When a movie house becomes homes: Alexandria Theater unveils new plan

Supervisor Connie Chan (right) and Yorke Lee (left), owner of the Alexandria Theater, announced on Tuesday a plan to convert the long-vacant Alexandria Theater into 76 housing units. Craig Lee/The Examiner

The Inner Richmond’s dilapidated Alexandria Theater could soon become housing as part of yet another revitalization plan for the long-vacant space.

San Francisco Supervisor Connie Chan and TimeSpace Alexandria LLC jointly announced Tuesday that The City and the building owner are exploring a development agreement to convert the aging movie theater into 76 housing units, with an unspecified amount being dedicated to on-site affordable housing.

Chan said that she would collaborate with the city attorney and the planning department, with additional input from the Office of Economic Workforce and Development, to ensure that the plan materializes. She introduced legislation in March to designate the theater as a landmark and preserve its marquee and blade sign, the latter of which was removed after it was damaged in a series of January storms. The legislation would also preserve the theater’s grand chandelier and art deco mural.

“San Franciscans want to see the history preserved, but we also want to move forward,” she said. “It’s time. I’m just so pleased that we are finally able to turn a new page for this historic site.”

Amid an ongoing housing shortage and homelessness crisis, The City must build 81,000 new homes by 2031 in order to meet its state-mandated housing goals. San Francisco officials have sought to speed up the process of converting unused commercial spaces into housing, including vacant offices downtown.

Chan said she would ask the Historic Preservation Commission to delay considering the theater a landmark so that The City could work on its development agreement.

Since the Alexandria closed in 2004, none of the plans to transform the space on Geary Street have come to fruition.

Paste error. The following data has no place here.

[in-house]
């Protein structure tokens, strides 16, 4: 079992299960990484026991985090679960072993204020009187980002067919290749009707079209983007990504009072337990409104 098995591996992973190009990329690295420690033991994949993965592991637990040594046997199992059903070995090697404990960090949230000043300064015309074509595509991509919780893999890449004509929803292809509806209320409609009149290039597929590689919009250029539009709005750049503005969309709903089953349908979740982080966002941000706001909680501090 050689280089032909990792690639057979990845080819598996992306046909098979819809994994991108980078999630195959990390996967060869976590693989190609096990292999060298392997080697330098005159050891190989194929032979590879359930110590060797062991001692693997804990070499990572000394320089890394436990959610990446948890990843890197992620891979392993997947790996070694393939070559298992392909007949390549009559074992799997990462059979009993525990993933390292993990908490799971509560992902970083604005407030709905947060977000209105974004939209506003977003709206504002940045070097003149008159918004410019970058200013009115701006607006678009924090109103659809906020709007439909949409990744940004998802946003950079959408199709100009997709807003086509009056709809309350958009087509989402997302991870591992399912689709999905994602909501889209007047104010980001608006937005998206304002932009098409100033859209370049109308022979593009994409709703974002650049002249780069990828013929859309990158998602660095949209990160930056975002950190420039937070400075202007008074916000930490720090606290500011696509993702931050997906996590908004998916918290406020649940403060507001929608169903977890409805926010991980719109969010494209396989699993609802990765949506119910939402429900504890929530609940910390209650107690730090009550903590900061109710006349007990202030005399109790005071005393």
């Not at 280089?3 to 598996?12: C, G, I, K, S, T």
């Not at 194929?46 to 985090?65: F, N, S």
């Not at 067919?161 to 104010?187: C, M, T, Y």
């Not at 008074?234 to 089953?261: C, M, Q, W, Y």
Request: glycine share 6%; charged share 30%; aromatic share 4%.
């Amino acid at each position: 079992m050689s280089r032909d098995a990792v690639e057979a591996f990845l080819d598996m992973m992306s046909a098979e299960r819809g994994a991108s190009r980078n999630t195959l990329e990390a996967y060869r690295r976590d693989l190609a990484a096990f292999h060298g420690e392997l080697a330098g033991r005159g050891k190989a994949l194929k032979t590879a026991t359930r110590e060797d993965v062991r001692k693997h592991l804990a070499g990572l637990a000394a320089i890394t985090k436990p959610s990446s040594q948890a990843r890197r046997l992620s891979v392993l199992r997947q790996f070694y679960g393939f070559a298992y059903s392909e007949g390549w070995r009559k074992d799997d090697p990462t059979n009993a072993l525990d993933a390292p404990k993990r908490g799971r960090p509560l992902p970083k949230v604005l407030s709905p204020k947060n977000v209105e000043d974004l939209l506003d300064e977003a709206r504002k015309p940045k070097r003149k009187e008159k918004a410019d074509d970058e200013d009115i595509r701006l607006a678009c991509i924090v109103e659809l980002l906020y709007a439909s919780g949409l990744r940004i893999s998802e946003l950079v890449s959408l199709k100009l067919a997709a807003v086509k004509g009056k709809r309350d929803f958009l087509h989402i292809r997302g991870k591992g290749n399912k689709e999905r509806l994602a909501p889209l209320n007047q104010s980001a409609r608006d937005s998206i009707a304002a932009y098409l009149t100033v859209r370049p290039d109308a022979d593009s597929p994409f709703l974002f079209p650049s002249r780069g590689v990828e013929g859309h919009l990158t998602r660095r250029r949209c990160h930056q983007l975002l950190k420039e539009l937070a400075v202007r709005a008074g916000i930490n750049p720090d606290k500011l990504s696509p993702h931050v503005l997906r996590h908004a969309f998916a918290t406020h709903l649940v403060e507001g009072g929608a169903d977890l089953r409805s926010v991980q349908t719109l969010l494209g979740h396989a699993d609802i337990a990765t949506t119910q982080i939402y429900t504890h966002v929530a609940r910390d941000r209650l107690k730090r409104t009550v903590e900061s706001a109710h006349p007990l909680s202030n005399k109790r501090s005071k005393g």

Local business owners have suggested that beautification projects could be done on the building’s exterior while work is done on the development agreement.Craig Lee/The Examiner

The last plan for the theater, located along one of San Francisco’s major commercial corridors, would’ve converted it into a multi-story mixed-use space with offices and two swimming pools. The planning department approved the project, but the COVID-19 pandemic and financial constraints shuttered those plans.

“I want to use our full strengths to speed up this process, hopefully to be a successful project, to be a win-win situation for everybody.” Yorke Lee, TimeSpace’s founder, said.

Sean Kim, co-owner of the nearby Joe’s Ice Cream shop, said that he was optimistic about the housing project as it offered a solution to a source of blight in the neighborhood. While The City explores Chan’s conversion plan, he suggested that beautification projects — like painting murals on the walls facing 18th Avenue — could be done to the building’s exterior in the meantime.

The City and developers will seek community once the plan’s details are finalized. Chan said it was important to preserve a piece of the neighborhood’s past while creating “a flexibility for housing and development because that’s what we need.”

“People said, ‘That’s not possible. You can only have one or the other.’ … We’re going to work this together and work it out because we can do this,” she said.

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